Sunday, February 13, 2011

The Painting Project

We'd been down in the sunny south for three months, off and on for Richard, consistently for me. There was an opening in the work schedule on the PT boat at the World war II Museum, when Richard's every day full-time attendance was thought to be discretionary. It was time to return to our rural roots for doctors' appointments and to finally paint the kitchen, which had been our winter doldrums plan all along.

When we got home to the holler, we had some surprises. Richard drove into the driveway and released our big bear of a Great Pyrenees back onto her patrol grounds, which she very enthusiastically ran through, banishing the several months build-up of beasties and ghoulies. He then unpacked his Bronco II, happily carrying his gear through the living room, down the hall, and into his office and our bedroom. It was so nice for him to be back in our familiar surroundings, until he entered the kitchen where he stepped into "squish."

The drain pan under the washing machine had clearly overflowed onto the kitchen floor. How could this have happened with us out of town, and knowing that no laundry was left washing as Richard had headed out the door? He looked high and low for the source of the swill, but couldn't find any obvious offenders. He even ran the washer, sure that the metal-clad hose must have burst, but found nothing. He called me with this news; now we were both mystified. He swabbed the deck, and decided to start the paint prep.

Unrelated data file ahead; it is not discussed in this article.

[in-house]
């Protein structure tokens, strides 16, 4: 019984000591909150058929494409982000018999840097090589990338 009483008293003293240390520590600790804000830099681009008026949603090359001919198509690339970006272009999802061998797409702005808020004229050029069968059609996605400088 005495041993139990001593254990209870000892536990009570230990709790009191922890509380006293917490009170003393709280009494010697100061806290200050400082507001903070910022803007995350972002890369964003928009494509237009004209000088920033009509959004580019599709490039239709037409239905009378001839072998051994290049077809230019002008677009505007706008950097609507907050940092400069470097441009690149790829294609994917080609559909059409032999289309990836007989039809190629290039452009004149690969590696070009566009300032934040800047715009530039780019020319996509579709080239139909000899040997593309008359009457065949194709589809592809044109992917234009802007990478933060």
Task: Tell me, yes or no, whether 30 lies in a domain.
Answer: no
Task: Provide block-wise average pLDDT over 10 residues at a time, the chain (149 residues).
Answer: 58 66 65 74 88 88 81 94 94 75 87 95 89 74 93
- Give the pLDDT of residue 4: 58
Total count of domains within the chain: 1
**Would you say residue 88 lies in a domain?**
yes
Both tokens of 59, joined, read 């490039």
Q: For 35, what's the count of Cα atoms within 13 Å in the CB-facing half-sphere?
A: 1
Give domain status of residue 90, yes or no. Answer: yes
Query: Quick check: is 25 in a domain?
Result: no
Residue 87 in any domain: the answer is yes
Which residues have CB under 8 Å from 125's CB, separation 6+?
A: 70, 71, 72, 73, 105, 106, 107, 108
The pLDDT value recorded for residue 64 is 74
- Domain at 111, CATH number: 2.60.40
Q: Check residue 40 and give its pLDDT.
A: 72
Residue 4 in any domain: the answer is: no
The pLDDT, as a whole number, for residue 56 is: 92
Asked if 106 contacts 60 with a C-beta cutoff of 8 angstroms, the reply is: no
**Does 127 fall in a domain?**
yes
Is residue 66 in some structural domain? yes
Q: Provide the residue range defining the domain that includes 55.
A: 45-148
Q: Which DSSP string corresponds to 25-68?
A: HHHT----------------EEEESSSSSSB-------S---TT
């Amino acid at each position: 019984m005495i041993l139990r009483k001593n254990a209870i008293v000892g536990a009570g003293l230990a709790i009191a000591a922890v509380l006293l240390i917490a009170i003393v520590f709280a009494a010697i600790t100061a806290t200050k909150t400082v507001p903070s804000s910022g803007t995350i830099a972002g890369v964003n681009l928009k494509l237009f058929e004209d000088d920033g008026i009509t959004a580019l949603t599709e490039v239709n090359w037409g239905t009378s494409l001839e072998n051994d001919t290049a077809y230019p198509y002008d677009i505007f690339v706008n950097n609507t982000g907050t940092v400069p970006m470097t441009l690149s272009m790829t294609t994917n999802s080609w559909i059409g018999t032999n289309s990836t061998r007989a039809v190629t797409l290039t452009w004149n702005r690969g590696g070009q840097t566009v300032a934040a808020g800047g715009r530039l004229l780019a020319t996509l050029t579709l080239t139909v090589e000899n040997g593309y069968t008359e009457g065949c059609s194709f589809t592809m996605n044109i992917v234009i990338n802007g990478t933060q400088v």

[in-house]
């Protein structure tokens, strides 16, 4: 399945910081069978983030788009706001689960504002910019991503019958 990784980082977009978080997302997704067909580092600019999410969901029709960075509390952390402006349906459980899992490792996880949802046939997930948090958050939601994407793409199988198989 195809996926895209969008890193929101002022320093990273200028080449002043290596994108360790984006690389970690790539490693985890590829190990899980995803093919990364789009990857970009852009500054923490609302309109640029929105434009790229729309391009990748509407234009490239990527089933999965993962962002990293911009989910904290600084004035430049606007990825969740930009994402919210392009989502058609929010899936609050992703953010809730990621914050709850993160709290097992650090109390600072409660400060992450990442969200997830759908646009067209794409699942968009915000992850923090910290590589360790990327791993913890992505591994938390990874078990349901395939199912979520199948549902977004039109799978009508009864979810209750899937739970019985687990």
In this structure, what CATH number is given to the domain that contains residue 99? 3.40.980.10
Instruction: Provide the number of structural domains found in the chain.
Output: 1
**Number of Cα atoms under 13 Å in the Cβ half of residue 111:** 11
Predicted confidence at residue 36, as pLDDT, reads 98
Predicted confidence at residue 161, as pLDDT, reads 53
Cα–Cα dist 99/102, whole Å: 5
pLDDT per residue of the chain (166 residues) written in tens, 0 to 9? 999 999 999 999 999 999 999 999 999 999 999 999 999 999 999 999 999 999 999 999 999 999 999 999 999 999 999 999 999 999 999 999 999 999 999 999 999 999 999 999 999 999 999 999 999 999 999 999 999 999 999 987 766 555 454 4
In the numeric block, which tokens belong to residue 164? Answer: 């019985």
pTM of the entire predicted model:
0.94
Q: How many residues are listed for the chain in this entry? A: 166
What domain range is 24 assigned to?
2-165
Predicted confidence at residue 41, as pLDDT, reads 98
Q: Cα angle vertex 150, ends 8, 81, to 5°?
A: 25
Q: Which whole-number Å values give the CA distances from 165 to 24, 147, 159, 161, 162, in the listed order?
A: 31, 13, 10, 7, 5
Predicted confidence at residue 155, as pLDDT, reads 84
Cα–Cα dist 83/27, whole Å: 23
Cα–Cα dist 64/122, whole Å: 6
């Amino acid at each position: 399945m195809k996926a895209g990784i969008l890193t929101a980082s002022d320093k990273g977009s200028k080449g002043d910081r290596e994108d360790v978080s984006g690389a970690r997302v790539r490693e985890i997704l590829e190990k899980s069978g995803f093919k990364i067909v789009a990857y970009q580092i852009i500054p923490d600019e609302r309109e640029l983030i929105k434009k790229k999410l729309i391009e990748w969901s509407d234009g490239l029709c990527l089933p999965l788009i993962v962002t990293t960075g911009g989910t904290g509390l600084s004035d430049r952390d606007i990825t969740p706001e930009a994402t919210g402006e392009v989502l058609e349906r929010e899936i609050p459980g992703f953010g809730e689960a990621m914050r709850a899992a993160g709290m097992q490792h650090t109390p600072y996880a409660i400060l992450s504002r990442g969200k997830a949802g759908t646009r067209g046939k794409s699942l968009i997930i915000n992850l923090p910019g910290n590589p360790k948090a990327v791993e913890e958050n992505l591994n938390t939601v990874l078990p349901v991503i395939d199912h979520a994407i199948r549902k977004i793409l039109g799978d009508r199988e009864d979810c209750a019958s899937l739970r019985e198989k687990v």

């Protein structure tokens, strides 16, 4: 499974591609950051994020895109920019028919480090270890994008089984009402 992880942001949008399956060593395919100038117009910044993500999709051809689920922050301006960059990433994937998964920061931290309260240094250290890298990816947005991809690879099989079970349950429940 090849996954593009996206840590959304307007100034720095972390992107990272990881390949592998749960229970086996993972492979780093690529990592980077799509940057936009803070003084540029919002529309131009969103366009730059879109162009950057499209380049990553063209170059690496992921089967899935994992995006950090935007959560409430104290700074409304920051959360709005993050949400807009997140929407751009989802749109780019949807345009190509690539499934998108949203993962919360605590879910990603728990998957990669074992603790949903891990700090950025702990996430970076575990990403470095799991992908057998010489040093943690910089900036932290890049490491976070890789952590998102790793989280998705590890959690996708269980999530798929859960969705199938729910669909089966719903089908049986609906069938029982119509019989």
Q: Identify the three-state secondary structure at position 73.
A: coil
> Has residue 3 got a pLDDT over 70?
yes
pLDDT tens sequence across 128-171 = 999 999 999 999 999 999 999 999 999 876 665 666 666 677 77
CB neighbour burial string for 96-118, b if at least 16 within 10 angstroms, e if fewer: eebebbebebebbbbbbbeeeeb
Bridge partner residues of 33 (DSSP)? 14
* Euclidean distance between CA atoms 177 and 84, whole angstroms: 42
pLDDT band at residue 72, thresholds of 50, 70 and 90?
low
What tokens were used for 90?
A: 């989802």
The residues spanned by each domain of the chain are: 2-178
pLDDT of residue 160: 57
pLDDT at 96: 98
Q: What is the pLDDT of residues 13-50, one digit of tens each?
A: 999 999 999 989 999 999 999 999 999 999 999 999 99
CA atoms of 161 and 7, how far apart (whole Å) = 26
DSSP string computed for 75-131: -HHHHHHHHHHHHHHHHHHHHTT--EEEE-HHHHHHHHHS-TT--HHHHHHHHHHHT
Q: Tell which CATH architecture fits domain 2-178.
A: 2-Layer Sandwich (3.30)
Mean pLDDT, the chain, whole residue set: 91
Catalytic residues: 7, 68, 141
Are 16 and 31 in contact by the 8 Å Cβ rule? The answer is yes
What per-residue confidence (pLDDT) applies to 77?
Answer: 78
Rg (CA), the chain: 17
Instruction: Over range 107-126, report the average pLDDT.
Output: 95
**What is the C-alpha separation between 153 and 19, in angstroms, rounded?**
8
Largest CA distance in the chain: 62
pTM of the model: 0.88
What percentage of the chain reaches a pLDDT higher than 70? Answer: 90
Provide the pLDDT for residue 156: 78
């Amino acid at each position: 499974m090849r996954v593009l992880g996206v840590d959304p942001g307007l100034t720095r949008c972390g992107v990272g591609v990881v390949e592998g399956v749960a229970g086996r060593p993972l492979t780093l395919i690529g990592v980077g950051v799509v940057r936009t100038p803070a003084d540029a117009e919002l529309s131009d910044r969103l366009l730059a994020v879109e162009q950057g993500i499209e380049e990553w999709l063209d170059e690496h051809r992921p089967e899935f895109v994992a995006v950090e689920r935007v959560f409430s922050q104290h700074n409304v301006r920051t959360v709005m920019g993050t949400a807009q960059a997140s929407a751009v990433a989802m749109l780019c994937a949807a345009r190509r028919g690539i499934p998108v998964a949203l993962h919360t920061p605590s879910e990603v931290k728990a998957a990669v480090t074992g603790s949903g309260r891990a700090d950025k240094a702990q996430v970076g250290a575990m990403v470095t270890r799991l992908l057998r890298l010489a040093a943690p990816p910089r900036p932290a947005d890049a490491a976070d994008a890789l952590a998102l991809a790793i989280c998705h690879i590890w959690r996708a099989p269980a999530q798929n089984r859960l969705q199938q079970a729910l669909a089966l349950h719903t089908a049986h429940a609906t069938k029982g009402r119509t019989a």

I had planned to have friends over to supper, but since the washer and dryer were now pulled to the middle of the kitchen, this clearly wasn't going to happen until the laundry closet was complete. I arrived the day after Richard, while he was at doctors' appointments for himself and Gypsy. My assignment was to remove all the items from the shelves over the washer and dryer. I happily puttered about rearranging our pantry cupboard and pitching lots of stale stuff, so as to make room for the overflow grocery items that had ended up in to laundry closet. I know, the board of health would have been appalled that we stored spaghetti next to stain remover, but that's recently remedied.

Upon his return from town, Richard began peeling off wall covering, and washing down walls. The next day, we agreed that I would clean up the mess while he went after more painting supplies. This is when it got really interesting. As I swept the floor, I saw some dark spots. I put my hand down and realized that the darkening was caused by wet wood. Not only this, but the floor was mushy. Richard's plan to paint the kitchen was now turned into one of his "infinite regression of steps" projects.

Before he can paint the kitchen, he has to paint the laundry closet. Before he can paint the ceiling and walls of the laundry closet, he has to rebuild the floor. Before he can rebuild the floor, he has to remove the soggy spots. Meanwhile, the PT boat builders are calling him back to duty. What's a woman to do when the "war effort" calls? Wherever this project stands, I'll release my Richard right after his last doctor's appointment on Thursday. As long as I have a working stove and sink, the painting can be put off.

On the up side of these surprises, I discovered that the leak was from a rubber washer that had become brittle...a cheap, easy fix. And the orchid that my daughter's family had given me four years ago, had not only survived my absence, but had once again begun to bloom.